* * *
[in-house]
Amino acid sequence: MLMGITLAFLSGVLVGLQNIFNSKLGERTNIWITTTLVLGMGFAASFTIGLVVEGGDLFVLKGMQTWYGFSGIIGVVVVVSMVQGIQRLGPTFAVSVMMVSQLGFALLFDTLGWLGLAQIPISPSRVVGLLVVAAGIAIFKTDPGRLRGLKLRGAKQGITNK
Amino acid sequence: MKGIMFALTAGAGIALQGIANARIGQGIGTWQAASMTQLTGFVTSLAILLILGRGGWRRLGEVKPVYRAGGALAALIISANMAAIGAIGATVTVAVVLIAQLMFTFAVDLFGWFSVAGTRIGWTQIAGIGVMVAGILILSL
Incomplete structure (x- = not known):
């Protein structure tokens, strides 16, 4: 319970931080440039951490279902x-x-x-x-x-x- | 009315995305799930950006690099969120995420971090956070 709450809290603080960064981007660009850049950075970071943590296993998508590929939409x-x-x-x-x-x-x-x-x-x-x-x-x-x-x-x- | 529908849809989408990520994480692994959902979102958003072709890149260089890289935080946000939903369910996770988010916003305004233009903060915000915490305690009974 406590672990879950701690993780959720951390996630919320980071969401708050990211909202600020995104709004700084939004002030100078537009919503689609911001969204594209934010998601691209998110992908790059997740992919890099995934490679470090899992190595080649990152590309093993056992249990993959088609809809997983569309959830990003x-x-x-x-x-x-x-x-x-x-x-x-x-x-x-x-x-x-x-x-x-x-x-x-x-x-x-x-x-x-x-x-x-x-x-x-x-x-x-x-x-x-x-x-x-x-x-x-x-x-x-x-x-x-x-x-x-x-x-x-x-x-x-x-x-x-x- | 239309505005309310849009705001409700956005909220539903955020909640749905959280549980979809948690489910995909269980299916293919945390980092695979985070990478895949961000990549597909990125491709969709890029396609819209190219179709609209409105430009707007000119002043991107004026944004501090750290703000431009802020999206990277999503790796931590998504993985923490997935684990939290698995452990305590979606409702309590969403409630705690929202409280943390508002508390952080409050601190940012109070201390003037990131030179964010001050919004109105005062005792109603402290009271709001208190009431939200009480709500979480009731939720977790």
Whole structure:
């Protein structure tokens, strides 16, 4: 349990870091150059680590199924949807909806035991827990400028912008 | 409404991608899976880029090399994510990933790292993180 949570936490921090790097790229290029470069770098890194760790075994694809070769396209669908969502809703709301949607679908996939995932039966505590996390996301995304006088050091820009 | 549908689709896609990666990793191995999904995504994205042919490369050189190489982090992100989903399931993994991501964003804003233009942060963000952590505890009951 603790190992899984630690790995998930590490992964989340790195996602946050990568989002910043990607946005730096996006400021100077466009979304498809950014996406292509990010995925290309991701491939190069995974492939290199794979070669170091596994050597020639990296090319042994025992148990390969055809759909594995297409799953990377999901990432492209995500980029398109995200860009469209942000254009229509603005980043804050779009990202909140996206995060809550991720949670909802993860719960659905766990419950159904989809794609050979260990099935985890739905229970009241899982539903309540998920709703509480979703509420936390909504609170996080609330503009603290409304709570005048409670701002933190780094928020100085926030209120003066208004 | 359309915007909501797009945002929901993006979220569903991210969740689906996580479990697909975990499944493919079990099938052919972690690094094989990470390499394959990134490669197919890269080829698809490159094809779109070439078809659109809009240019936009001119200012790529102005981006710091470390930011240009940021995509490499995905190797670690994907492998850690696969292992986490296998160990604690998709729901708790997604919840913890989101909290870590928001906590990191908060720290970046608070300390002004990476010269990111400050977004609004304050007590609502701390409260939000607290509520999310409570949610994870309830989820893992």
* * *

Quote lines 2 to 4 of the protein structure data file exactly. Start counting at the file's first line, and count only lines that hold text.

Amino acid sequence: MLMGITLAFLSGVLVGLQNIFNSKLGERTNIWITTTLVLGMGFAASFTIGLVVEGGDLFVLKGMQTWYGFSGIIGVVVVVSMVQGIQRLGPTFAVSVMMVSQLGFALLFDTLGWLGLAQIPISPSRVVGLLVVAAGIAIFKTDPGRLRGLKLRGAKQGITNK
Amino acid sequence: MKGIMFALTAGAGIALQGIANARIGQGIGTWQAASMTQLTGFVTSLAILLILGRGGWRRLGEVKPVYRAGGALAALIISANMAAIGAIGATVTVAVVLIAQLMFTFAVDLFGWFSVAGTRIGWTQIAGIGVMVAGILILSL
Incomplete structure (x- = not known):